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THIOT INGENIERIE is a partner in the RAPID IMPAGREL program, which aims to study and develop ice made to represent real hailstones in tests on aeronautical structures. Paul Deconinck, one of our doctors in shock physics, tells us more…

Paul, can you explain the context behind IMPAGREL?

It is part of the SME dual innovation support scheme RAPID. With RAPID, the French Defence Procurement Agency, DGA, wishes to facilitate the transfer of technology from universities to SMEs. One of the conditions is that the topics of study must be applicable to both the civilian and military spheres. This is indeed the case with IMPAGREL, which addresses the vulnerability of civil and military aeronautical structures against hailstone impacts. We have just entered the last year of this four-year programme.

What is the objective?

At the moment, aeronautical hailstone impact testing is regulated by standard ASTM-F320, which defines a protocol for producing the ice used in these tests. We know that a real hailstone is more resistant than ice produced in a freezer. Standard ASTM-F320 therefore proposes reinforcing the ice by adding cotton. However, the standard allows for substantial tolerance as to the quantity of cotton used, and the behaviour of the ice may therefore vary greatly according to the cotton content. With IMPAGREL, the aim is to eliminate the need to add cotton by developing ice with behaviour upon impact that resembles that of a real hailstone as closely as possible.

Who are the various partners involved in the project, and what are their respective roles?

Our partners are IGE (Institute for Geosciences and Environmental Research) in Grenoble, whose mission is to design and produce the ice, and LaMCoS (Contacts and Structure Mechanics Laboratory) in Lyon, which is dedicated to studying the quasi-static behaviour of the ice and the development of an appropriate behaviour model. THIOT INGENIERIE is responsible for studying the dynamic behaviour of the ice.

Why did your company wish to participate in this collaborative programme?

As a company offering impact testing services in our laboratory, in particular for the certification of aeronautical structures, the reason for getting involved was twofold. We will be able to carry out impact tests for our customers using ice that is as representative of real hail as possible, while benefiting from a reliable tailored behaviour model.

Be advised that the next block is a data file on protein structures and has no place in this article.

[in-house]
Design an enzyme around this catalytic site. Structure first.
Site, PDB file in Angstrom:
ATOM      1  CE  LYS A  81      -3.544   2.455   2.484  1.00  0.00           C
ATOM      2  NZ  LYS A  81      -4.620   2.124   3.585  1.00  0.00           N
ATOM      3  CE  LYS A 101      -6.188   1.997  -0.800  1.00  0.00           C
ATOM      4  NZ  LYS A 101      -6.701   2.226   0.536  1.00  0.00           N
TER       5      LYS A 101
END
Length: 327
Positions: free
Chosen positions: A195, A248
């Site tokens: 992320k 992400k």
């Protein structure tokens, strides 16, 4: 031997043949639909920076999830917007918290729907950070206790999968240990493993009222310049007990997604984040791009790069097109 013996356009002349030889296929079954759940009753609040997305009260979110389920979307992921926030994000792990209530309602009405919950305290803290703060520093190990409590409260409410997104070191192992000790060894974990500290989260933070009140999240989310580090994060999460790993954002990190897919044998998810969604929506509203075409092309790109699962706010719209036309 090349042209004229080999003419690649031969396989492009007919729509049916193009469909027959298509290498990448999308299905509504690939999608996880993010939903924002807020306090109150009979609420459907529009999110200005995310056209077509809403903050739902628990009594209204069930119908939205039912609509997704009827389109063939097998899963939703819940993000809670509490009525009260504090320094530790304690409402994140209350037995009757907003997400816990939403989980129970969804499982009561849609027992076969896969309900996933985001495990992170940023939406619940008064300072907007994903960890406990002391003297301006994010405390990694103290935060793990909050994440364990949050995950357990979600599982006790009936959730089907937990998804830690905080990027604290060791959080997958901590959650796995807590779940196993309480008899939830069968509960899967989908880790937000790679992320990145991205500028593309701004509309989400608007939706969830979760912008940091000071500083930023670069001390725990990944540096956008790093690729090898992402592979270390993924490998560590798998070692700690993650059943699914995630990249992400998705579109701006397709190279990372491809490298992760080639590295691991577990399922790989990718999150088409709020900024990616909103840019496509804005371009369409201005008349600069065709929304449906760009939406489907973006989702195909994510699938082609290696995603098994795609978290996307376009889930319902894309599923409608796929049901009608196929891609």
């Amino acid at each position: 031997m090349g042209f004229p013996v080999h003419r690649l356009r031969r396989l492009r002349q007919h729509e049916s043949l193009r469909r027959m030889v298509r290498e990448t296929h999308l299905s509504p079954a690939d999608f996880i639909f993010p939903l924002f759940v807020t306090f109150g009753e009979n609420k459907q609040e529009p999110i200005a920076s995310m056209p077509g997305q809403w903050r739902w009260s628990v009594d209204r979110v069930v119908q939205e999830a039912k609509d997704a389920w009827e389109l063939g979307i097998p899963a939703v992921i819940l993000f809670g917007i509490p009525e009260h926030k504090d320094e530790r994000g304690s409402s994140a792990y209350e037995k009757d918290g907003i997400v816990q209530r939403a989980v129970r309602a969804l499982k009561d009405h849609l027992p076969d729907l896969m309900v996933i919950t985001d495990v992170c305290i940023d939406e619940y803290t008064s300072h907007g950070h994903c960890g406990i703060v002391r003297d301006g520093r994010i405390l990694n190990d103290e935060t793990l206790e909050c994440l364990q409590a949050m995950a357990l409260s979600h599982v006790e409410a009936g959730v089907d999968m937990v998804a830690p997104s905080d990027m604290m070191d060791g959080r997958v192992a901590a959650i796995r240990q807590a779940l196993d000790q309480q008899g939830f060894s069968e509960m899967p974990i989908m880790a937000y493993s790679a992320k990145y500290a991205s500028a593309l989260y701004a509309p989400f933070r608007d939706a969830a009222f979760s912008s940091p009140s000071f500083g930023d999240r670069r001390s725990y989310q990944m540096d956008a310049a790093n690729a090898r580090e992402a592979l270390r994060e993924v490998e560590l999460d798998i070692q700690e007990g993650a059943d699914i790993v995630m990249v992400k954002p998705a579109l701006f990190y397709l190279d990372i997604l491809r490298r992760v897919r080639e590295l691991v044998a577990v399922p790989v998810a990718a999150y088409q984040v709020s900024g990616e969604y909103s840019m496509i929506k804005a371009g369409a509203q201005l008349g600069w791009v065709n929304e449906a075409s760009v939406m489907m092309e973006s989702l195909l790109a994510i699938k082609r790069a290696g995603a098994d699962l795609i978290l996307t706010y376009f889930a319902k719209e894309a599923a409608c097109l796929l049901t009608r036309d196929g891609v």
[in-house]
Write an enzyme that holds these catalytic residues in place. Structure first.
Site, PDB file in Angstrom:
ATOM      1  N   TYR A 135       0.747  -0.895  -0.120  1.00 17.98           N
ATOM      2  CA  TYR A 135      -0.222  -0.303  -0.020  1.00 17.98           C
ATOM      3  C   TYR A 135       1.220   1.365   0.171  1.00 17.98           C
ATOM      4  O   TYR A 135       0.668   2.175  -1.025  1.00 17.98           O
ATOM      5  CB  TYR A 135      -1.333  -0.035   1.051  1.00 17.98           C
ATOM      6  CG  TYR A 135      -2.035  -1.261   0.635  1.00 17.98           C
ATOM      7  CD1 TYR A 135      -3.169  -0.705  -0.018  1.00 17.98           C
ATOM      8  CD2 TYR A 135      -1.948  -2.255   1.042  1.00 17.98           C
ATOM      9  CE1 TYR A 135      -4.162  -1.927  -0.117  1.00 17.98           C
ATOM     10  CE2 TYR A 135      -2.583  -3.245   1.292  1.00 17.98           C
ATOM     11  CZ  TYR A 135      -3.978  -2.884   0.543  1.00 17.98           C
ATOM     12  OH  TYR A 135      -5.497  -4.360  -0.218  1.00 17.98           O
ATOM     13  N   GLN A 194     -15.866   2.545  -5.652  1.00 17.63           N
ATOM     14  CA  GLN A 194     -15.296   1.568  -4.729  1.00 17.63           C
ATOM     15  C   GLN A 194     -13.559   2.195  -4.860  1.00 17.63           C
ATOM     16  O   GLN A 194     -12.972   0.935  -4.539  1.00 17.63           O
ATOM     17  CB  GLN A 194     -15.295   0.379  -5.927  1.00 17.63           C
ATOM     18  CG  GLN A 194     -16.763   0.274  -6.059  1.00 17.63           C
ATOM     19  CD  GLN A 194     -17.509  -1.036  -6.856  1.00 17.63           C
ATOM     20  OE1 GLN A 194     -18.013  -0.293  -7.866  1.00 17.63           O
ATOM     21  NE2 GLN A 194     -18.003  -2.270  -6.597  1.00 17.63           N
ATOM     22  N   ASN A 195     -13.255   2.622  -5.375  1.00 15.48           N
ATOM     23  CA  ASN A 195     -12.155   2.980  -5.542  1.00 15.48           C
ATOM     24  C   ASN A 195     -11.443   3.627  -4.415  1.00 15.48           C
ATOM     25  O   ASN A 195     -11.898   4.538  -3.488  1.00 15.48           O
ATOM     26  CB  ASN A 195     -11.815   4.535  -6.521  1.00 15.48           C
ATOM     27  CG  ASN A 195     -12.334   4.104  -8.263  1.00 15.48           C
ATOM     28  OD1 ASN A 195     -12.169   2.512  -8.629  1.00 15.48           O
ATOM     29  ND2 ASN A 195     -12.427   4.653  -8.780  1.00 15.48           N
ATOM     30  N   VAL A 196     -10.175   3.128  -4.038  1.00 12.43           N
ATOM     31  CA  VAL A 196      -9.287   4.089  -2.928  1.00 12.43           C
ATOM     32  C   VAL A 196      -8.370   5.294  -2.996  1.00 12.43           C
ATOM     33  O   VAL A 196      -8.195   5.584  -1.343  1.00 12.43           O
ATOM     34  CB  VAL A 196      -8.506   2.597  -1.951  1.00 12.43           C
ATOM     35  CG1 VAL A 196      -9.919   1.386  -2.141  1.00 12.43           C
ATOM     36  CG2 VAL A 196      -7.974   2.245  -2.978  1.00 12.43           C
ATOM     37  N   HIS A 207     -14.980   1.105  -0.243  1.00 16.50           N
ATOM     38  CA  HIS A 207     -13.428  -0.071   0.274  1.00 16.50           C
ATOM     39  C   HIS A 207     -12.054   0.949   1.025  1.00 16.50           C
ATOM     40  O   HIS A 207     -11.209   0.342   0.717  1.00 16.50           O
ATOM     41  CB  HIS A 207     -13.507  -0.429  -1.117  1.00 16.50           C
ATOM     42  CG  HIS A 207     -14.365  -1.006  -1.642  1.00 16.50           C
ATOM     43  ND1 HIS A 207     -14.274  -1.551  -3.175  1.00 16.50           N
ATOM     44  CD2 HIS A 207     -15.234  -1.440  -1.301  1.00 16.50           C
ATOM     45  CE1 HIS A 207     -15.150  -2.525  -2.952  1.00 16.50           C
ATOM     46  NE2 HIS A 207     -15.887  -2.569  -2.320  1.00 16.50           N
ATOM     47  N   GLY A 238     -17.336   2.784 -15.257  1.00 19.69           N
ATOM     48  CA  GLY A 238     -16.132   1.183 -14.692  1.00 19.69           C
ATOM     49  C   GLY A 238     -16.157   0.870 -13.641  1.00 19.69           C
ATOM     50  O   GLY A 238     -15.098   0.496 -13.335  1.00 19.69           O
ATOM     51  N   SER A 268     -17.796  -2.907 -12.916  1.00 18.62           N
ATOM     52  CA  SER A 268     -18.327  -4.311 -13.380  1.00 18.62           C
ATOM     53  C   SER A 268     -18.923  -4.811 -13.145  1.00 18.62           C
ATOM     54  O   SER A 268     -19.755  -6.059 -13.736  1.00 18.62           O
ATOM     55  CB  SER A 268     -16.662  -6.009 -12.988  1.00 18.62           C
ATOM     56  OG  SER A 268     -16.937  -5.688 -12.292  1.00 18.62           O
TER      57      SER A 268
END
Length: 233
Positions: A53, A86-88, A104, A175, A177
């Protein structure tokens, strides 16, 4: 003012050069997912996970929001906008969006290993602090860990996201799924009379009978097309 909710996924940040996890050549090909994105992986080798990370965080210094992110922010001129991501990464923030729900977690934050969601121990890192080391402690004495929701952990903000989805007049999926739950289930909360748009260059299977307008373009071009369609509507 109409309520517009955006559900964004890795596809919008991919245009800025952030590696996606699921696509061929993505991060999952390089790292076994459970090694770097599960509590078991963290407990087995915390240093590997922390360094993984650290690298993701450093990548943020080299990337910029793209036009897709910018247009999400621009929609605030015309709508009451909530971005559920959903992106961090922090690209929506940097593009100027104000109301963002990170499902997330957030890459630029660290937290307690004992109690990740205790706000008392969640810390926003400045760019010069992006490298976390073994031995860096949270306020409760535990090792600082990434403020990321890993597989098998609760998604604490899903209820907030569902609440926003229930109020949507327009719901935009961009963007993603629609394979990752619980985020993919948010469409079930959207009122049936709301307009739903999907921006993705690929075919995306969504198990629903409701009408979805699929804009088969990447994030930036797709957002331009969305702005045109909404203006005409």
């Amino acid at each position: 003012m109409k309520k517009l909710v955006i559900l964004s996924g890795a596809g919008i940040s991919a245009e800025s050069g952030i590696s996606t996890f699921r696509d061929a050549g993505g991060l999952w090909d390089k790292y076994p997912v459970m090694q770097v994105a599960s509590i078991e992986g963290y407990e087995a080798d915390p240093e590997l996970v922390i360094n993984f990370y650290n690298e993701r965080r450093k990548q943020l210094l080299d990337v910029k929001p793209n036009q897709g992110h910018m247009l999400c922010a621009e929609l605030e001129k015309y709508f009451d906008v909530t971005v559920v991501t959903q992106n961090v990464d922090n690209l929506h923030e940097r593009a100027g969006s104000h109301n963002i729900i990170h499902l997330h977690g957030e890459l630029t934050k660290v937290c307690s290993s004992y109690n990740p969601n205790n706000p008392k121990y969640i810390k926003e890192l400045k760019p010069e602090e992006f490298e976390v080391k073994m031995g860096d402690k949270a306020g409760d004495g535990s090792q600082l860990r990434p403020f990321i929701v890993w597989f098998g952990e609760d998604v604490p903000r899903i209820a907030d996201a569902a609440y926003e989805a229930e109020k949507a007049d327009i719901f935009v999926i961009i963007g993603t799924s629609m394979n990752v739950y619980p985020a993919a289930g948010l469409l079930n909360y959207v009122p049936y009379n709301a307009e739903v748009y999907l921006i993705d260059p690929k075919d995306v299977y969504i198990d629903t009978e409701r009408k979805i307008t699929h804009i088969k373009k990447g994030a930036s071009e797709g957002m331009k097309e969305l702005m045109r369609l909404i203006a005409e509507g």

What steps does the programme involve?

The study started with the organisation of a hailstone collection in September 2015, in which approximately 30 hailstones measuring between 30 mm and 50 mm in diameter were recovered. This took place during a hailstorm in southwestern France.
IGE then analysed the microstructure of these hailstones, and LaMCoS studied their quasi-static behaviour. One of the important aspects of the mechanical behaviour of the hailstones lies in their complex microstructures. A detailed study of these microstructures enabled us to determine the size and shapes of the ice particles, as well as their crystallographic orientations. These analyses have been key elements governing the entire programme.

Could you go into more detail concerning the tests carried out by THIOT INGENIERIE?

Above left: a cross-section of a hailstone. The modelling on the right shows the complexity of the different microstructures from which it is made.

Our company was responsible for studying the behaviour of the ice upon impact. The tests were conducted in our shock physics laboratory, using several speed ranges: up to 300 m/s for civil applications and between 800 and 1000 m/s for military applications. All the types of ice developed by IGE were characterised using various test configurations, as were a few hailstones that we shaped using an innovative process so that they corresponded to the geometries tested with the other types of ice.

Several types of test were performed, all using an array of instruments to recover as much data as possible. The first tests involved firing the ice onto a rigid structure while measuring the load transmitted and visualising the failure mechanisms using our high-speed camera. This type of test was conducted in order to study the behaviour of the ice itself. We also performed tests on deformable plates. This time, the purpose was to assess the ability of the ice to damage aeronautical structures. Finally, plate impact tests were carried out, allowing us to study the behaviour of the ice when subjected to shock stress as well as the phase changes and their effects during an impact. Modelling was of course the core concern throughout the study, being improved and enriched as the tests progressed.

Above: impact of a hailstone (diameter: 40 mm) at 720 km/h.

Did the results meet your expectations?

Absolutely. This scientific approach has made us experts in the dynamic behaviour of ice. We are now able to offer our customers impact tests using ice representative of a real hailstone, and are able to control, for example, any problems related to withstanding acceleration in our launchers. The digital model that we have developed will allow us to efficiently identify the most appropriate test conditions and thus reduce the number of tests required. For our customers, this means even more reliable impact-test results and significantly shorter development phases.